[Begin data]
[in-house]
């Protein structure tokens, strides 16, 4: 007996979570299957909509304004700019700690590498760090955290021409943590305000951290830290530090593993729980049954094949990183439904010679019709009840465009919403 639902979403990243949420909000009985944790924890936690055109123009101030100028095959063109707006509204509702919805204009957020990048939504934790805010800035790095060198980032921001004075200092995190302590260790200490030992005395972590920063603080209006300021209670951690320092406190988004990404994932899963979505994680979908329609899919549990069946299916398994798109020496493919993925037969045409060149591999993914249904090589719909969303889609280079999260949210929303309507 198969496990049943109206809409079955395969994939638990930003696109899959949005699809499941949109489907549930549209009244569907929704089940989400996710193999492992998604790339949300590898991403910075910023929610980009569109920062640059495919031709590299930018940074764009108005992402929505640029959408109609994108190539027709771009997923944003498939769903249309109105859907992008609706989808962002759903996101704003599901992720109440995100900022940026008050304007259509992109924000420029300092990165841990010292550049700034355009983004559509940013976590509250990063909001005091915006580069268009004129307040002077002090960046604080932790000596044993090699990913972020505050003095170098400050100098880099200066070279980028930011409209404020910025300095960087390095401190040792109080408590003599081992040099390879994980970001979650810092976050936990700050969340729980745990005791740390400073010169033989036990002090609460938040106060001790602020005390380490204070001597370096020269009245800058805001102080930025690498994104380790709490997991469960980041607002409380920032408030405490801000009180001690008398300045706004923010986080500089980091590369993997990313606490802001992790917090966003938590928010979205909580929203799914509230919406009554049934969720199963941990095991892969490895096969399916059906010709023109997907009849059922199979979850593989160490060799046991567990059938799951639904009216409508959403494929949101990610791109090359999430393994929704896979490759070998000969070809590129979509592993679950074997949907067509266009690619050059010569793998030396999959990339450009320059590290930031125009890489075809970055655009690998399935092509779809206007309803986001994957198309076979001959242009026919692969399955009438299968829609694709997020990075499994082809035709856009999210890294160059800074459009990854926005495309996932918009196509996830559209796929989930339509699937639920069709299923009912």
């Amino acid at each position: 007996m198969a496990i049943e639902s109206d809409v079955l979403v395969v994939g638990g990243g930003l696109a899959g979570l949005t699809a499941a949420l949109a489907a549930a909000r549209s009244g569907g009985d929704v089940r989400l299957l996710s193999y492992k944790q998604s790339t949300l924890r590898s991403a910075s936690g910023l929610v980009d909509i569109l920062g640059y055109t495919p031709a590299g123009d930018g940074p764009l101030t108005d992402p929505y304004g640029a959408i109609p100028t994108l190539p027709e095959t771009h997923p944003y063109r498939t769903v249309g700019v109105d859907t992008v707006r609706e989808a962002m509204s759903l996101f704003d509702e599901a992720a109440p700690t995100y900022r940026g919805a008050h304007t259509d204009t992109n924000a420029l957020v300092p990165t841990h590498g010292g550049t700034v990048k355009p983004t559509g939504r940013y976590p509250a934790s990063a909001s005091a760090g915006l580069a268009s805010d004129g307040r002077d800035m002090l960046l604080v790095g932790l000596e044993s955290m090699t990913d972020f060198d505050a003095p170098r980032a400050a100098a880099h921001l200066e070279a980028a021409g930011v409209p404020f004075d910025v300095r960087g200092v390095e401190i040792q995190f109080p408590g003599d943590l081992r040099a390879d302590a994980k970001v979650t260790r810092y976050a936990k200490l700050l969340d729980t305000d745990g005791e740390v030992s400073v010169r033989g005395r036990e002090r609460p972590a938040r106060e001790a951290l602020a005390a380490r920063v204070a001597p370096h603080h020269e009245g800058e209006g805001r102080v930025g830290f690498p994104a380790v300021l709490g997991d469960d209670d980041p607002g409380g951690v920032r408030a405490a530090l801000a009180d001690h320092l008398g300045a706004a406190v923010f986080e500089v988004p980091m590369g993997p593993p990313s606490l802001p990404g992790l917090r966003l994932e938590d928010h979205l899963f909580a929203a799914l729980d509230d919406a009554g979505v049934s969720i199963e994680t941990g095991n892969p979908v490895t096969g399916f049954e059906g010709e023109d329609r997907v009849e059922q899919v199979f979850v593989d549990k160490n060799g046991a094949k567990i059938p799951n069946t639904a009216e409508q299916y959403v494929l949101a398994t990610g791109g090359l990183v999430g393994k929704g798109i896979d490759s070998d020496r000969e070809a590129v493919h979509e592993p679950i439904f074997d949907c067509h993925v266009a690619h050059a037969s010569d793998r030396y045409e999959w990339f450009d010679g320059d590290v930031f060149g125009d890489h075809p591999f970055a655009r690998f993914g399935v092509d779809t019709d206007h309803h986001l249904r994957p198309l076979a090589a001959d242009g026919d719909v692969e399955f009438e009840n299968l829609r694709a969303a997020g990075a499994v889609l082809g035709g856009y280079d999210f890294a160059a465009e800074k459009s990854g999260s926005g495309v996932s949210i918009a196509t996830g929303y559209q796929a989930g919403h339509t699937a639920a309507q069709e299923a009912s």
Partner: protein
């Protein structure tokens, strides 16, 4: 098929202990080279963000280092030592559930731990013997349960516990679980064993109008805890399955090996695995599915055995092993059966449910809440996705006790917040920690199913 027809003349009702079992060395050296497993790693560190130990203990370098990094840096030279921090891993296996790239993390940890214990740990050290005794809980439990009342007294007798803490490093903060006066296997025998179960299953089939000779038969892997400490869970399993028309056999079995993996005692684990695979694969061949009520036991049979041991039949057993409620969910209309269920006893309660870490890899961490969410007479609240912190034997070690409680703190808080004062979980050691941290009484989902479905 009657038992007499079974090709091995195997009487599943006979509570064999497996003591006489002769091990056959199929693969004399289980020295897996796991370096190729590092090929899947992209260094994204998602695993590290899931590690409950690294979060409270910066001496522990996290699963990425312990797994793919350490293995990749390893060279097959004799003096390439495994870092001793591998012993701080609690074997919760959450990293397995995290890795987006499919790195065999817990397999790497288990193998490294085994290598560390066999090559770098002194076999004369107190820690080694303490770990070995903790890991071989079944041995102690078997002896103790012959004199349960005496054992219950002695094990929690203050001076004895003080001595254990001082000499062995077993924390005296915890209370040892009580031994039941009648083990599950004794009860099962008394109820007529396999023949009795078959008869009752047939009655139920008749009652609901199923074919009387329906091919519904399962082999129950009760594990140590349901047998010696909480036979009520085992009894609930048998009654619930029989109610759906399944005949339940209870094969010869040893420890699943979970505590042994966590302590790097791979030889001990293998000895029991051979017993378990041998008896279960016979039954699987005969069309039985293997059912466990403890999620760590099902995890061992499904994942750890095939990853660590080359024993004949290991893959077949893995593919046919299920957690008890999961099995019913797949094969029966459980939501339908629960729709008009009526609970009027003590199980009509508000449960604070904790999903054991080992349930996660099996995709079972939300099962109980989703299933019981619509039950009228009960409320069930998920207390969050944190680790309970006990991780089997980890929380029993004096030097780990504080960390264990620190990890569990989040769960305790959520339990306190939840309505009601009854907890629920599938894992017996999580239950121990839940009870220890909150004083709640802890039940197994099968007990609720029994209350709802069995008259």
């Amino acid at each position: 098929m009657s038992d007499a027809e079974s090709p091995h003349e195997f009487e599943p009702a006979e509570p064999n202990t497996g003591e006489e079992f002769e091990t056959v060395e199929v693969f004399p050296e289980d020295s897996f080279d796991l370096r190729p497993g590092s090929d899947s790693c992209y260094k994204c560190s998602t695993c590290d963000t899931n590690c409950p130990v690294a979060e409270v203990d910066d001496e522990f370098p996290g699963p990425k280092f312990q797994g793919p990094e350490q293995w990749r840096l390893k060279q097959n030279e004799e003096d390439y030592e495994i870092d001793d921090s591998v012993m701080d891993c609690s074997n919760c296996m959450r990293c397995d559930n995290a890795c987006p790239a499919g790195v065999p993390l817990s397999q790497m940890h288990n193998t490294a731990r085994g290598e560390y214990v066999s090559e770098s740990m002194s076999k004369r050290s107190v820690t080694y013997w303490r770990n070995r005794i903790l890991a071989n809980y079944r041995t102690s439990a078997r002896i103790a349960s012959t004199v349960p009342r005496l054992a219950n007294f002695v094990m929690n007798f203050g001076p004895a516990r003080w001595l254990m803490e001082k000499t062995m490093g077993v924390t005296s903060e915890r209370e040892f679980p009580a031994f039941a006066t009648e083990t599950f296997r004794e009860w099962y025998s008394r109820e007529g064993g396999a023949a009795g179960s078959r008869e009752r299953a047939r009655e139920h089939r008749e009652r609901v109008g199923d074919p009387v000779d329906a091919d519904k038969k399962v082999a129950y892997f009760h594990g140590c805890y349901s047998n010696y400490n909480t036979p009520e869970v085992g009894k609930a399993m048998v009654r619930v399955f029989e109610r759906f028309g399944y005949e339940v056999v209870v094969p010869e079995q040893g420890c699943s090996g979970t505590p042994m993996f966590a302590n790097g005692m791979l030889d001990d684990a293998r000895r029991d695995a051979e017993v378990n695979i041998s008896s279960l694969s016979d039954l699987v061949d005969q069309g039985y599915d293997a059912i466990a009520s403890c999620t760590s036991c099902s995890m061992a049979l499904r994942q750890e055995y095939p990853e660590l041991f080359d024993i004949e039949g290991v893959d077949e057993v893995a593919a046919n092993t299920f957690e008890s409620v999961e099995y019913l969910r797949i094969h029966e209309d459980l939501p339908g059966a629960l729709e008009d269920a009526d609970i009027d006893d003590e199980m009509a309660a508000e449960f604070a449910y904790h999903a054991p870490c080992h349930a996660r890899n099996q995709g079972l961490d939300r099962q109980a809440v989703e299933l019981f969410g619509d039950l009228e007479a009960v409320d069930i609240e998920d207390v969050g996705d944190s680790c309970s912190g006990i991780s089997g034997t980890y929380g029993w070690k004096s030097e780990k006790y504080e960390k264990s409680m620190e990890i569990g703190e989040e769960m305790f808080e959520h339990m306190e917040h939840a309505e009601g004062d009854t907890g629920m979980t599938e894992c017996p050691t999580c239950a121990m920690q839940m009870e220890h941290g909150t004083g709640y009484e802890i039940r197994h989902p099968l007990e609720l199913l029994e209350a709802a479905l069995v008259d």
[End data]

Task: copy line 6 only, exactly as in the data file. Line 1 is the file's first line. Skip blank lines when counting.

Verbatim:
């Amino acid at each position: 098929m009657s038992d007499a027809e079974s090709p091995h003349e195997f009487e599943p009702a006979e509570p064999n202990t497996g003591e006489e079992f002769e091990t056959v060395e199929v693969f004399p050296e289980d020295s897996f080279d796991l370096r190729p497993g590092s090929d899947s790693c992209y260094k994204c560190s998602t695993c590290d963000t899931n590690c409950p130990v690294a979060e409270v203990d910066d001496e522990f370098p996290g699963p990425k280092f312990q797994g793919p990094e350490q293995w990749r840096l390893k060279q097959n030279e004799e003096d390439y030592e495994i870092d001793d921090s591998v012993m701080d891993c609690s074997n919760c296996m959450r990293c397995d559930n995290a890795c987006p790239a499919g790195v065999p993390l817990s397999q790497m940890h288990n193998t490294a731990r085994g290598e560390y214990v066999s090559e770098s740990m002194s076999k004369r050290s107190v820690t080694y013997w303490r770990n070995r005794i903790l890991a071989n809980y079944r041995t102690s439990a078997r002896i103790a349960s012959t004199v349960p009342r005496l054992a219950n007294f002695v094990m929690n007798f203050g001076p004895a516990r003080w001595l254990m803490e001082k000499t062995m490093g077993v924390t005296s903060e915890r209370e040892f679980p009580a031994f039941a006066t009648e083990t599950f296997r004794e009860w099962y025998s008394r109820e007529g064993g396999a023949a009795g179960s078959r008869e009752r299953a047939r009655e139920h089939r008749e009652r609901v109008g199923d074919p009387v000779d329906a091919d519904k038969k399962v082999a129950y892997f009760h594990g140590c805890y349901s047998n010696y400490n909480t036979p009520e869970v085992g009894k609930a399993m048998v009654r619930v399955f029989e109610r759906f028309g399944y005949e339940v056999v209870v094969p010869e079995q040893g420890c699943s090996g979970t505590p042994m993996f966590a302590n790097g005692m791979l030889d001990d684990a293998r000895r029991d695995a051979e017993v378990n695979i041998s008896s279960l694969s016979d039954l699987v061949d005969q069309g039985y599915d293997a059912i466990a009520s403890c999620t760590s036991c099902s995890m061992a049979l499904r994942q750890e055995y095939p990853e660590l041991f080359d024993i004949e039949g290991v893959d077949e057993v893995a593919a046919n092993t299920f957690e008890s409620v999961e099995y019913l969910r797949i094969h029966e209309d459980l939501p339908g059966a629960l729709e008009d269920a009526d609970i009027d006893d003590e199980m009509a309660a508000e449960f604070a449910y904790h999903a054991p870490c080992h349930a996660r890899n099996q995709g079972l961490d939300r099962q109980a809440v989703e299933l019981f969410g619509d039950l009228e007479a009960v409320d069930i609240e998920d207390v969050g996705d944190s680790c309970s912190g006990i991780s089997g034997t980890y929380g029993w070690k004096s030097e780990k006790y504080e960390k264990s409680m620190e990890i569990g703190e989040e769960m305790f808080e959520h339990m306190e917040h939840a309505e009601g004062d009854t907890g629920m979980t599938e894992c017996p050691t999580c239950a121990m920690q839940m009870e220890h941290g909150t004083g709640y009484e802890i039940r197994h989902p099968l007990e609720l199913l029994e209350a709802a479905l069995v008259d």